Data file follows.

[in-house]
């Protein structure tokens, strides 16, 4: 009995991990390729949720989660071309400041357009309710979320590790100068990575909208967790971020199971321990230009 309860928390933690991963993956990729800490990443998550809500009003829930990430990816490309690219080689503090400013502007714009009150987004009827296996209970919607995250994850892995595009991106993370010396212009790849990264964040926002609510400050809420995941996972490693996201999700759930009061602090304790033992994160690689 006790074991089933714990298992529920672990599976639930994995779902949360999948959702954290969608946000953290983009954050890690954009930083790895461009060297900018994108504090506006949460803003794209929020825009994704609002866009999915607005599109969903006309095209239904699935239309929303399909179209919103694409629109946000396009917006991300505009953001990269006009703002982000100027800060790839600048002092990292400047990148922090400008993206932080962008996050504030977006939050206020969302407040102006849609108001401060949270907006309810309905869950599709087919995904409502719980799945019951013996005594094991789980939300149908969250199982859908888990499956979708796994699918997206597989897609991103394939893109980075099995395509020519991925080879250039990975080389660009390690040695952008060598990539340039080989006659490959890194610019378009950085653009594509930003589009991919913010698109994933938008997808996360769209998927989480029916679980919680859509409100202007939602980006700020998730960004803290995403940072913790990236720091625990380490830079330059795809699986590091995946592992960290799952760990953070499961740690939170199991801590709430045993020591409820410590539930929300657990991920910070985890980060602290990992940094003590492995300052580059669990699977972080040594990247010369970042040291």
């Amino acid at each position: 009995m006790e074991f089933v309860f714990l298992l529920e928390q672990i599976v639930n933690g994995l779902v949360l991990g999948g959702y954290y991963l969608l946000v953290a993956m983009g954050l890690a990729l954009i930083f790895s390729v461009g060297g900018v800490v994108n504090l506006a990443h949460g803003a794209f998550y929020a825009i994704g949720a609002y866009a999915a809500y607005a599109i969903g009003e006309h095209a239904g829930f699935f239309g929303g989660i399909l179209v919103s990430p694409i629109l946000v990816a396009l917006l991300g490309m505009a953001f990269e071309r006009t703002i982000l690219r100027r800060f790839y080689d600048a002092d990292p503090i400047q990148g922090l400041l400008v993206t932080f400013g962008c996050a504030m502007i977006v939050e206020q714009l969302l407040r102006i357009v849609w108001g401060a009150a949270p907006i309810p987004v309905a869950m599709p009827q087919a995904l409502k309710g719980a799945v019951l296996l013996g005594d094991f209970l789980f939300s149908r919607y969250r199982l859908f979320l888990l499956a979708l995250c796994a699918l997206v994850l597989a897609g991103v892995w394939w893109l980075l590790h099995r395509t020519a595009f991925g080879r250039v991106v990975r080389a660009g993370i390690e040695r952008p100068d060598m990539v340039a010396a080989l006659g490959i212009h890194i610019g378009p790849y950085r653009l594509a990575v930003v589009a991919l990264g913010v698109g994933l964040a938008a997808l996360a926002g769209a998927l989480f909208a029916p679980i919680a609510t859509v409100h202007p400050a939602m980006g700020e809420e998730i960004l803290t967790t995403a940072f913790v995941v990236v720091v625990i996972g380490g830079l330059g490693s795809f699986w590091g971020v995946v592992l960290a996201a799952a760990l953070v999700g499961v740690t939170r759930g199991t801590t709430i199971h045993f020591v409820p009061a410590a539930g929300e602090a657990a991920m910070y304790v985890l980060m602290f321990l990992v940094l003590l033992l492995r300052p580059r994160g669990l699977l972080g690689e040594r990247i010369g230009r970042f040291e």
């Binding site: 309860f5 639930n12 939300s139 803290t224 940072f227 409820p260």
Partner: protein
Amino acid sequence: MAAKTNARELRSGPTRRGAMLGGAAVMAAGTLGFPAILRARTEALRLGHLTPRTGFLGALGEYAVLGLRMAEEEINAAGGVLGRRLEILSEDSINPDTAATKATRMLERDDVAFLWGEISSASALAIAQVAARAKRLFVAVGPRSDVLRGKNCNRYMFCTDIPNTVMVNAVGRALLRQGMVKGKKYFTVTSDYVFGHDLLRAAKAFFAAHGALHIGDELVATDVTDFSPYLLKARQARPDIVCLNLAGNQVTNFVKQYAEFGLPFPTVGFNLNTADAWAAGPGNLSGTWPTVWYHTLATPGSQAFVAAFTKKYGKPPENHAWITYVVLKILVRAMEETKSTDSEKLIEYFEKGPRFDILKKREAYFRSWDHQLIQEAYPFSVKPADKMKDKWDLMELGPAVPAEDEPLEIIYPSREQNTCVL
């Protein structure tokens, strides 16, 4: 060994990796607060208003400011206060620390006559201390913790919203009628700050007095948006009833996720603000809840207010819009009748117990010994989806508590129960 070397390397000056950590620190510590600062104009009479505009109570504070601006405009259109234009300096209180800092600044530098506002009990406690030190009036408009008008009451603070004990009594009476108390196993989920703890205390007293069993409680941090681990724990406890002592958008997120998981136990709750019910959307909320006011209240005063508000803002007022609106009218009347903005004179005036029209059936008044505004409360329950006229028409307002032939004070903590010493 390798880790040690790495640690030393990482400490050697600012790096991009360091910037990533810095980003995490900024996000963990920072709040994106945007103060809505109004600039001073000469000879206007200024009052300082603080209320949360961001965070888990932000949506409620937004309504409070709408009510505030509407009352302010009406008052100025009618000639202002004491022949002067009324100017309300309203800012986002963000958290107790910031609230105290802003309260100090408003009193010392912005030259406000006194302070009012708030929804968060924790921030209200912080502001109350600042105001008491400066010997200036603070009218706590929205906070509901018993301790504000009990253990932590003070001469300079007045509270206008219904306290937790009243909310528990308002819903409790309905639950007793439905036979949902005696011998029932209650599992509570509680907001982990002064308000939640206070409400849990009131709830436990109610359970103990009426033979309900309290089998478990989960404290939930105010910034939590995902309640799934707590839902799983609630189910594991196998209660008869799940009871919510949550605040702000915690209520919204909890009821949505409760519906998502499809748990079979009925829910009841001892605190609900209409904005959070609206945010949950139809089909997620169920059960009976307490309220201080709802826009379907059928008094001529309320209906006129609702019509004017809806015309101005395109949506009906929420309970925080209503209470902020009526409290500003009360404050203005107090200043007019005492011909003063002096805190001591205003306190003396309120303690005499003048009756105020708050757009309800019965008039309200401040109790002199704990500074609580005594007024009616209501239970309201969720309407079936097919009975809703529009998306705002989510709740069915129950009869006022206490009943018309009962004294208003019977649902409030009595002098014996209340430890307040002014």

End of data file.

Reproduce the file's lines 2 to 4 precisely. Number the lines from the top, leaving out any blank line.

């Protein structure tokens, strides 16, 4: 009995991990390729949720989660071309400041357009309710979320590790100068990575909208967790971020199971321990230009 309860928390933690991963993956990729800490990443998550809500009003829930990430990816490309690219080689503090400013502007714009009150987004009827296996209970919607995250994850892995595009991106993370010396212009790849990264964040926002609510400050809420995941996972490693996201999700759930009061602090304790033992994160690689 006790074991089933714990298992529920672990599976639930994995779902949360999948959702954290969608946000953290983009954050890690954009930083790895461009060297900018994108504090506006949460803003794209929020825009994704609002866009999915607005599109969903006309095209239904699935239309929303399909179209919103694409629109946000396009917006991300505009953001990269006009703002982000100027800060790839600048002092990292400047990148922090400008993206932080962008996050504030977006939050206020969302407040102006849609108001401060949270907006309810309905869950599709087919995904409502719980799945019951013996005594094991789980939300149908969250199982859908888990499956979708796994699918997206597989897609991103394939893109980075099995395509020519991925080879250039990975080389660009390690040695952008060598990539340039080989006659490959890194610019378009950085653009594509930003589009991919913010698109994933938008997808996360769209998927989480029916679980919680859509409100202007939602980006700020998730960004803290995403940072913790990236720091625990380490830079330059795809699986590091995946592992960290799952760990953070499961740690939170199991801590709430045993020591409820410590539930929300657990991920910070985890980060602290990992940094003590492995300052580059669990699977972080040594990247010369970042040291």
């Amino acid at each position: 009995m006790e074991f089933v309860f714990l298992l529920e928390q672990i599976v639930n933690g994995l779902v949360l991990g999948g959702y954290y991963l969608l946000v953290a993956m983009g954050l890690a990729l954009i930083f790895s390729v461009g060297g900018v800490v994108n504090l506006a990443h949460g803003a794209f998550y929020a825009i994704g949720a609002y866009a999915a809500y607005a599109i969903g009003e006309h095209a239904g829930f699935f239309g929303g989660i399909l179209v919103s990430p694409i629109l946000v990816a396009l917006l991300g490309m505009a953001f990269e071309r006009t703002i982000l690219r100027r800060f790839y080689d600048a002092d990292p503090i400047q990148g922090l400041l400008v993206t932080f400013g962008c996050a504030m502007i977006v939050e206020q714009l969302l407040r102006i357009v849609w108001g401060a009150a949270p907006i309810p987004v309905a869950m599709p009827q087919a995904l409502k309710g719980a799945v019951l296996l013996g005594d094991f209970l789980f939300s149908r919607y969250r199982l859908f979320l888990l499956a979708l995250c796994a699918l997206v994850l597989a897609g991103v892995w394939w893109l980075l590790h099995r395509t020519a595009f991925g080879r250039v991106v990975r080389a660009g993370i390690e040695r952008p100068d060598m990539v340039a010396a080989l006659g490959i212009h890194i610019g378009p790849y950085r653009l594509a990575v930003v589009a991919l990264g913010v698109g994933l964040a938008a997808l996360a926002g769209a998927l989480f909208a029916p679980i919680a609510t859509v409100h202007p400050a939602m980006g700020e809420e998730i960004l803290t967790t995403a940072f913790v995941v990236v720091v625990i996972g380490g830079l330059g490693s795809f699986w590091g971020v995946v592992l960290a996201a799952a760990l953070v999700g499961v740690t939170r759930g199991t801590t709430i199971h045993f020591v409820p009061a410590a539930g929300e602090a657990a991920m910070y304790v985890l980060m602290f321990l990992v940094l003590l033992l492995r300052p580059r994160g669990l699977l972080g690689e040594r990247i010369g230009r970042f040291e």
């Binding site: 309860f5 639930n12 939300s139 803290t224 940072f227 409820p260």